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Referrals often result in new diagnosis

On Behalf of | May 9, 2017 | Failure To Diagnose

When you visit your provider in Massachusetts because of troubling symptoms, he or she may determine a treatment plan for you. However, many doctors, physician assistants and nurse practitioners decide to refer their patients to a specialist. At Donovan O’Connor & Dodig, LLP, our team has advised many clients who discovered that the first opinion was not the one that resulted in the correct level of care.

The Mayo Clinic provides clinical services and performs research to advance the field of medicine. As you may have discovered, organizations such as this one often have patients referred to them for a second opinion. One recent study conducted by that institution involved a review of cases that were referred to its providers. Each of the patients had received a diagnosis from their original doctor, PA or NP which was then confirmed, refined or changed by the Mayo Clinic’s providers who accepted the referral.

In nearly 88 percent of the cases included, researchers discovered that the second opinion resulted in some level of change to the first diagnosis. Of all the referrals in the study, one in five patients had received a first diagnosis that was completely incorrect, while 12 percent were not changed at all by the new provider. The rest of the patients—66 percent of the cases reviewed—had their diagnoses updated or refined by the second physician.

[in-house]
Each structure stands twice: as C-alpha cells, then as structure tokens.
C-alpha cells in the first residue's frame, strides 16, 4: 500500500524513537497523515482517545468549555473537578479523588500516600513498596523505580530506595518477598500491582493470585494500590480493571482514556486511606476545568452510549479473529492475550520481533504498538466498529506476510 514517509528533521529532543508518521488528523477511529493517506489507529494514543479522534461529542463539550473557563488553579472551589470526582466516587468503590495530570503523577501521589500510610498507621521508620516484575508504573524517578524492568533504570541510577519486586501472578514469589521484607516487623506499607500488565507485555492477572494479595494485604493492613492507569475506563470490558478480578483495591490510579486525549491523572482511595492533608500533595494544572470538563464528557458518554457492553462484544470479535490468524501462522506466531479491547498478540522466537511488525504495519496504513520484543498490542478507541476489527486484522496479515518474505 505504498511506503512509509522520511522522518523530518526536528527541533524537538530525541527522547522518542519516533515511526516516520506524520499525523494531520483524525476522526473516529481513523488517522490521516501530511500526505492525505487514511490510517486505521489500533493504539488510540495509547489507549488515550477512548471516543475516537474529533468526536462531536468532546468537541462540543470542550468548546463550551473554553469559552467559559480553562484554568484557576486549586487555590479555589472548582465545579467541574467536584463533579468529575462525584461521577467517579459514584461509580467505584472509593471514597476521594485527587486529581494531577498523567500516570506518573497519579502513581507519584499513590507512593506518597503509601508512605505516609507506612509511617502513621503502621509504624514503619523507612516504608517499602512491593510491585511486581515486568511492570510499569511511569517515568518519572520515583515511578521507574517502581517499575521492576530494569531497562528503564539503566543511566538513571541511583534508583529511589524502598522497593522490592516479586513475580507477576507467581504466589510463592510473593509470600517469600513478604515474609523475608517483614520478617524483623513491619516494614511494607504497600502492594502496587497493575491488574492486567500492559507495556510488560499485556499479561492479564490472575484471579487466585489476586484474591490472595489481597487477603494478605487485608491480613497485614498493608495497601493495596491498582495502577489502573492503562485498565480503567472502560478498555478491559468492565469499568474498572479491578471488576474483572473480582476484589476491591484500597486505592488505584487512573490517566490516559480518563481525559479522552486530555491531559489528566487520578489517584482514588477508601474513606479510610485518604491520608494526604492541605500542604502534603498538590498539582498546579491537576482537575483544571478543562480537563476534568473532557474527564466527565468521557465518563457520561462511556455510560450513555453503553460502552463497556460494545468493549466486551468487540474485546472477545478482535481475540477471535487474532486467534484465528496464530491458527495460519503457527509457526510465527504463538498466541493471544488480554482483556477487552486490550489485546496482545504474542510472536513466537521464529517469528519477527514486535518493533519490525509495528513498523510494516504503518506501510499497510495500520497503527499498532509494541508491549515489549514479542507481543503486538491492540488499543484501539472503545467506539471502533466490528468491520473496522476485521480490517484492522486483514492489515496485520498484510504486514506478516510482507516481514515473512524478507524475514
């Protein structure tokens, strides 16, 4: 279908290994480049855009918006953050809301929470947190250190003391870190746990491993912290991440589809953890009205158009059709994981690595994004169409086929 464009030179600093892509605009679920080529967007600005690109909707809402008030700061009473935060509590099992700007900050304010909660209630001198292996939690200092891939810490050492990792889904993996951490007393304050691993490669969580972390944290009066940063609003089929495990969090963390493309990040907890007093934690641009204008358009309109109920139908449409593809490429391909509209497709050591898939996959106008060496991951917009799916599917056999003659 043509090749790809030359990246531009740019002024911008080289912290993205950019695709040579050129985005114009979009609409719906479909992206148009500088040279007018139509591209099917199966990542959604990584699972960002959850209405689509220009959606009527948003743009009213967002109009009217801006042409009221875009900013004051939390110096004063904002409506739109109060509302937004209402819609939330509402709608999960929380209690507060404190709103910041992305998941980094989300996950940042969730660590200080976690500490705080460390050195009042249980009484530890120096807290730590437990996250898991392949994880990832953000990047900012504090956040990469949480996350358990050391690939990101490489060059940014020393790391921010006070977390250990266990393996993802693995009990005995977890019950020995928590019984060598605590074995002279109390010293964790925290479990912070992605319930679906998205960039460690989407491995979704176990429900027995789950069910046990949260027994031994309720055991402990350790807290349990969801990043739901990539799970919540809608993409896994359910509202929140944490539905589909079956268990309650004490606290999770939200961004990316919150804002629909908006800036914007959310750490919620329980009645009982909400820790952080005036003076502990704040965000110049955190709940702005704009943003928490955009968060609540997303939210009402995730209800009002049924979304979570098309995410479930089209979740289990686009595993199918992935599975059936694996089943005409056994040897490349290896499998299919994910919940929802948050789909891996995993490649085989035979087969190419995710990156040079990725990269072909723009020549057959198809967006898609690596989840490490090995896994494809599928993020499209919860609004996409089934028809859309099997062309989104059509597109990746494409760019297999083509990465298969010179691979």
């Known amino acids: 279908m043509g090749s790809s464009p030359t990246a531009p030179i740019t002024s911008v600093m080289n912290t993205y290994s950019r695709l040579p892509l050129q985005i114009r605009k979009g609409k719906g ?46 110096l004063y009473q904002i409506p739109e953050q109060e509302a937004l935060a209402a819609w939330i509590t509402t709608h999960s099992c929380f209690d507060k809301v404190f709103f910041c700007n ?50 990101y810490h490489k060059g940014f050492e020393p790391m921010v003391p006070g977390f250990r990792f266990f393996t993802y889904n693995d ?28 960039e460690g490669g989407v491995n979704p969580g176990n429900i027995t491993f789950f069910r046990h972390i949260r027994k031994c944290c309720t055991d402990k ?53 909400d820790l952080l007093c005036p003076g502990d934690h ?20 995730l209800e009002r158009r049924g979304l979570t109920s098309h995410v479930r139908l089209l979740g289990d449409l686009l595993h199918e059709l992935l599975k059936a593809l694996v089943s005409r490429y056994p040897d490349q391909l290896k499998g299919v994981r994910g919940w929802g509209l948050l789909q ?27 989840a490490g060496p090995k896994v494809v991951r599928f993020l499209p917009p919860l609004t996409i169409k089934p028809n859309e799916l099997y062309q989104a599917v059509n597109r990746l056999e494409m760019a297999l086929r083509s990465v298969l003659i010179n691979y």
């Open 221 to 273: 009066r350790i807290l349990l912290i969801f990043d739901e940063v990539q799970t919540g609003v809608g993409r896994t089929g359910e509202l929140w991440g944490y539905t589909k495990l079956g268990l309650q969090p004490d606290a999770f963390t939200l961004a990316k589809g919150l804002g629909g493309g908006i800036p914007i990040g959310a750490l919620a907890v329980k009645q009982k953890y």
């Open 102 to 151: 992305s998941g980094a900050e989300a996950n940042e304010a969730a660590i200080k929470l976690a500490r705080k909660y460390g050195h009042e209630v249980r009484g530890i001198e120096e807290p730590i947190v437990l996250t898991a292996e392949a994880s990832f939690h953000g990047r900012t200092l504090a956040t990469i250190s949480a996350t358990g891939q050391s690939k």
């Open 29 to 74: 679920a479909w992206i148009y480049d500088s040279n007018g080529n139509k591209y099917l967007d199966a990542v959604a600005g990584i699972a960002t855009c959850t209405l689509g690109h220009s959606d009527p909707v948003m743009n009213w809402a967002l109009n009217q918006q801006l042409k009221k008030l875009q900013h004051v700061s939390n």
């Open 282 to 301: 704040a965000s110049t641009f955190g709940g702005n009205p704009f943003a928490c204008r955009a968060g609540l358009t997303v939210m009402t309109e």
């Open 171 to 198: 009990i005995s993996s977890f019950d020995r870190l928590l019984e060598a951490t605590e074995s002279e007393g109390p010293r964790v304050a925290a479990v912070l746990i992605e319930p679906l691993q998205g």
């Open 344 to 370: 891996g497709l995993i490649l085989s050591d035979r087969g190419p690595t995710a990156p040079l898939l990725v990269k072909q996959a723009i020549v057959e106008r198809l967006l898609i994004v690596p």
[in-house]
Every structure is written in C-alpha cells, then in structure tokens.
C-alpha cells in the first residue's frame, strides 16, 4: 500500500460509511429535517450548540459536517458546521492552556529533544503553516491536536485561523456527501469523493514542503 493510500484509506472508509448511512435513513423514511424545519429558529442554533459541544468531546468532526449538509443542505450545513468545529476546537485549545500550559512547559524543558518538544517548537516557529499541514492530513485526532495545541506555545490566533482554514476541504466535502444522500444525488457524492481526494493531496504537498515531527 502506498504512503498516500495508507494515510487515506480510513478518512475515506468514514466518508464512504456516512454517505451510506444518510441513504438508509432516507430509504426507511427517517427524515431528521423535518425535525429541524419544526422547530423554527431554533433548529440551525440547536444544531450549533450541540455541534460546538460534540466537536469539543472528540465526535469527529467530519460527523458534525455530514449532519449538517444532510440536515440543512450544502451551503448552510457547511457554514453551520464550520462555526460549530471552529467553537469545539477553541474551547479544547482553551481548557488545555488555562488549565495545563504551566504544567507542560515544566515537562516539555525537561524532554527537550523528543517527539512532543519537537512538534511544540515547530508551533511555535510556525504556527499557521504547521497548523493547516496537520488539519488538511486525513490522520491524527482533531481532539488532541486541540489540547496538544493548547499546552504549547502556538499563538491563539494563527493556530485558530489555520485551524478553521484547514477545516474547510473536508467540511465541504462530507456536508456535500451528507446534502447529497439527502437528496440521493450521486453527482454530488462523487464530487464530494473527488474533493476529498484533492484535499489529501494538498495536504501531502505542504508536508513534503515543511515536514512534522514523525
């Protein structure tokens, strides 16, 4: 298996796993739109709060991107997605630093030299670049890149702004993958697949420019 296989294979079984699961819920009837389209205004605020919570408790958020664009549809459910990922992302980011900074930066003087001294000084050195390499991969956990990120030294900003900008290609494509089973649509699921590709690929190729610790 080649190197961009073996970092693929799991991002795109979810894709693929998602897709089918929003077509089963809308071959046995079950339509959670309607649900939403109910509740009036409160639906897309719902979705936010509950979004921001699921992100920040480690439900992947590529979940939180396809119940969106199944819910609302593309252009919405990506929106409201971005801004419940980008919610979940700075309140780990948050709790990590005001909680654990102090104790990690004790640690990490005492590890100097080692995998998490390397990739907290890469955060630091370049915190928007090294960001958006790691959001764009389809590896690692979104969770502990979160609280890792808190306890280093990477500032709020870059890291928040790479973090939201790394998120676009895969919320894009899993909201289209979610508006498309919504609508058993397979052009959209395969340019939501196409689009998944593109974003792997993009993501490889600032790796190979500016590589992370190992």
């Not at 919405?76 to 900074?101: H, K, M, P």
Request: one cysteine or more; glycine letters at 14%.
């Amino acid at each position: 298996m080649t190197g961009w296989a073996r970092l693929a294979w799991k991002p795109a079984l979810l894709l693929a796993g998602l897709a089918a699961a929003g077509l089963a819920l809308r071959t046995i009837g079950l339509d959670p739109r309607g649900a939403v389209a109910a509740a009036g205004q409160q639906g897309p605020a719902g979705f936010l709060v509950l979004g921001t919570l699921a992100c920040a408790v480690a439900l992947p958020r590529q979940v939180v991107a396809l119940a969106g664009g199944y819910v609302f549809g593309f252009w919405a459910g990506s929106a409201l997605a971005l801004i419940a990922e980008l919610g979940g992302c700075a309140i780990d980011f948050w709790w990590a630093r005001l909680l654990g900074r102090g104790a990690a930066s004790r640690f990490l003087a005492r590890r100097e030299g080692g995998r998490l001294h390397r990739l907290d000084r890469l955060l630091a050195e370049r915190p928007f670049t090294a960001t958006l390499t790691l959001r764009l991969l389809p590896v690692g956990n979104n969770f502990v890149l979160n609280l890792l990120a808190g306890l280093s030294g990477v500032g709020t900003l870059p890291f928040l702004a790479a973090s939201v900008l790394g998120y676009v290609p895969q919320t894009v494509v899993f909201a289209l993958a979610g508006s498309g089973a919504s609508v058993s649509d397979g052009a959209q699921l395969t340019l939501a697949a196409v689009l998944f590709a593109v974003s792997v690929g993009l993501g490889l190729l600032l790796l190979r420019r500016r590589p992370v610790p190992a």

These results indicated that most patients benefitted from the second opinion, even when the first was merely incomplete and not incorrect. Because of this, researchers suggest that you may want to seek a second opinion when possible. More information about doctor errors is available on  our web page.